The Anchoring Effect in Decision Making
Making decisions is a part of life. We have to make decisions every day, both big and small. The way that we make these decisions can be affected by our biases.
In this blog post, we will discuss a type of bias that can impact our decision-making process. Understanding biases can help you make better decisions and improve your life!
One type of bias that can impact our decision-making process is the anchoring effect.
The anchoring effect is when we rely too heavily on one piece of information to make a decision.
This information is called the "anchor." For example, let's say you are trying to decide how much to spend on a new car. You may Anchor on the price of the most expensive car you have ever seen and then use that as a reference point for making your decision. This Anchor may be completely unrelated to the car you are actually trying to buy, but it can still have a significant impact on your decision.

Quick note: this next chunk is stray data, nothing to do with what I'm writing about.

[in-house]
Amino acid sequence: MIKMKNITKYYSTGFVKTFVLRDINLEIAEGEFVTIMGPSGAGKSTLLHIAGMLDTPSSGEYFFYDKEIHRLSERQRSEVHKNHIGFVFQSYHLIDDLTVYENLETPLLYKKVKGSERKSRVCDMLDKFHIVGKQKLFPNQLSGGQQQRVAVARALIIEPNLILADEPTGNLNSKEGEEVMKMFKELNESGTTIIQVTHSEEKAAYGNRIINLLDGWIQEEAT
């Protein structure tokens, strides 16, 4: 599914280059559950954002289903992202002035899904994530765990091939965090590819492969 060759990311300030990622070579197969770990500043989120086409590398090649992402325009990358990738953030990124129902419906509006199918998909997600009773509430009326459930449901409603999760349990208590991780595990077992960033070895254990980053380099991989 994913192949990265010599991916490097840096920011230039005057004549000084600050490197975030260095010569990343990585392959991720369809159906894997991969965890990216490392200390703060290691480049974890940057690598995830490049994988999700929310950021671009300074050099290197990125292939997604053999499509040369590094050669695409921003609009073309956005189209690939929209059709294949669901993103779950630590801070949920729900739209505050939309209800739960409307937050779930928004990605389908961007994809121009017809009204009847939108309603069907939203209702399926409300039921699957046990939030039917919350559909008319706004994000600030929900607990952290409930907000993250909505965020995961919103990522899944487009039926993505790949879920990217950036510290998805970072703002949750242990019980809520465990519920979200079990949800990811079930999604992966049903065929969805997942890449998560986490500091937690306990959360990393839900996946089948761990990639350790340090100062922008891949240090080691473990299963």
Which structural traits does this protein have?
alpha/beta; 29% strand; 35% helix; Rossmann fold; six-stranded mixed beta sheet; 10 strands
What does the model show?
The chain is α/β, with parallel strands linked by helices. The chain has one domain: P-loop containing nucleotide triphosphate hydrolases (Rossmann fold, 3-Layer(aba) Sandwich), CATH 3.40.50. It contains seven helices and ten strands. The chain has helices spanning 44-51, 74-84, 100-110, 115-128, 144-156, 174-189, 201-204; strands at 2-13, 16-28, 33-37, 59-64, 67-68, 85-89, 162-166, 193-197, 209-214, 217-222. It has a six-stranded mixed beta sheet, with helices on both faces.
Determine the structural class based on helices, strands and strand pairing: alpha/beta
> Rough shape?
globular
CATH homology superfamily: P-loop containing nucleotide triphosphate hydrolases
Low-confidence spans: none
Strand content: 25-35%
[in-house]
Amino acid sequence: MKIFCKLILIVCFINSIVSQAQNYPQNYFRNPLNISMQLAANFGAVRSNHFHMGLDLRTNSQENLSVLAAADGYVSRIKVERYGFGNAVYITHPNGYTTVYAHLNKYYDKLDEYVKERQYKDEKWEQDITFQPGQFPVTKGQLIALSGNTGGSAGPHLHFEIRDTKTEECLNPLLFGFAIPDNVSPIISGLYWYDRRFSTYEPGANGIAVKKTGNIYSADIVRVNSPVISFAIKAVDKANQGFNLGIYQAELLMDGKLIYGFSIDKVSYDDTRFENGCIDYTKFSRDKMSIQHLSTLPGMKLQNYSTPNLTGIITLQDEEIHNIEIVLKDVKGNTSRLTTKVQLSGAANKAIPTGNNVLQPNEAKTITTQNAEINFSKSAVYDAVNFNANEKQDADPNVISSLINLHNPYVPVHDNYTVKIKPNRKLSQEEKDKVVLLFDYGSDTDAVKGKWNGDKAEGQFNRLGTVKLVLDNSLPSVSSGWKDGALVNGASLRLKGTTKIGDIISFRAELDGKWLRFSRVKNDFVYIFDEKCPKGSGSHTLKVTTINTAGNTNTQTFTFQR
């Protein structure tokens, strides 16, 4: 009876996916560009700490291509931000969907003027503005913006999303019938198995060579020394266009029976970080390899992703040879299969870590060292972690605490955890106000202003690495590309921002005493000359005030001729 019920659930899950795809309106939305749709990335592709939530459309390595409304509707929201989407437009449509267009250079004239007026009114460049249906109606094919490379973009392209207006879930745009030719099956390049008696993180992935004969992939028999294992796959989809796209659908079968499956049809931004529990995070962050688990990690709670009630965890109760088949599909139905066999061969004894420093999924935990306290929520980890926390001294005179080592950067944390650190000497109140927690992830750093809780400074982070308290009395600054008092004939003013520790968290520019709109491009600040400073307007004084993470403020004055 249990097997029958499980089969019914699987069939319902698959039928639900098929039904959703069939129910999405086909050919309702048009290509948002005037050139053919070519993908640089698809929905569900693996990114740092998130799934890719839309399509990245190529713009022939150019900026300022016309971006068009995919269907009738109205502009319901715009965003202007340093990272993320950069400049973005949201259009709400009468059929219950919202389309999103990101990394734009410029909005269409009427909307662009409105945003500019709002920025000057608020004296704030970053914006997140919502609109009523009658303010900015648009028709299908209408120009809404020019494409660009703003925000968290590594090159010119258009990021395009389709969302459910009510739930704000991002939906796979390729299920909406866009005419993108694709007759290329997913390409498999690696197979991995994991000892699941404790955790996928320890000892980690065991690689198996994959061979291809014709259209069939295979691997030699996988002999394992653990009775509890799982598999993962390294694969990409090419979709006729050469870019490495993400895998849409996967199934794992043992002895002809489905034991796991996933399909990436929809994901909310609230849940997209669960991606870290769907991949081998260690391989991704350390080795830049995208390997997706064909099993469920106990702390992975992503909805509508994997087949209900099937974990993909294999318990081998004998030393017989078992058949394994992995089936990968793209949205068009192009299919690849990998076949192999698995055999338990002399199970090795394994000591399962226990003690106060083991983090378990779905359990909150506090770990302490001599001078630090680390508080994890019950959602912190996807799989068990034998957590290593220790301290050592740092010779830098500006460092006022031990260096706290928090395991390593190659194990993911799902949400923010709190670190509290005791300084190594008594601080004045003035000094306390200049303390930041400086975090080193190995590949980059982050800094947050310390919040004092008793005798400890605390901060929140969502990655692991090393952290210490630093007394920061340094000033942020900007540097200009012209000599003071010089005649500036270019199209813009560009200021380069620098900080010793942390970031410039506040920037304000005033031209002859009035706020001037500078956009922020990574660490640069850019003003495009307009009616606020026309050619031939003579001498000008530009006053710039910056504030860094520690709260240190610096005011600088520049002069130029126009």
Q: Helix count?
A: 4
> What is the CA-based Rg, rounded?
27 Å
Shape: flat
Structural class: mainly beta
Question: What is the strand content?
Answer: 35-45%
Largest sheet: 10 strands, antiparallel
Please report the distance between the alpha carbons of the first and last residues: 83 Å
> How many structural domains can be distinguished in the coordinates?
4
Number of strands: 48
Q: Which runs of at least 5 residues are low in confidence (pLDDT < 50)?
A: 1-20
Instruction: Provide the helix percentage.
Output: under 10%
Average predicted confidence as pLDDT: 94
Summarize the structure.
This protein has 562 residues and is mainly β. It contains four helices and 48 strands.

Kahneman, D 2011, undertook an experiment where subjects were primed with an anchor before being asked a question. There was a significant difference between responses in the High anchor group and those in the low anchor group and also where no anchor was provided.
The anchoring effect can lead to suboptimal decisions because it Anchors us to a particular piece of information, even if that information is not relevant. In the example above, Anchoring on the price of the most expensive car you have ever seen may lead you to spend more money than you need to on your new car.
Anchoring can also lead us to make decisions that we later regret because we Anchored on the wrong piece of information. A salesman exploits this!
If you want to avoid the anchoring effect, it is important to be aware of it. Anchoring can happen unconsciously, so it is important to be mindful of the Anchors that you are using when making decisions.
When you are Anchoring on a piece of information, ask yourself if it is actually relevant to the decision you are trying to make. If it is not, then Anchoring on that information is not going to help you make a better decision.
The anchoring effect is just one of many biases that can impact our decision-making process. Have you experienced these tactics by salespeople?
 Kahneman Daniel, Thinking Fast and Slow, 2011
 BULB, 'Write to Earn. Read to Earn' (online, 2022) <https://www.bulbapp.io/>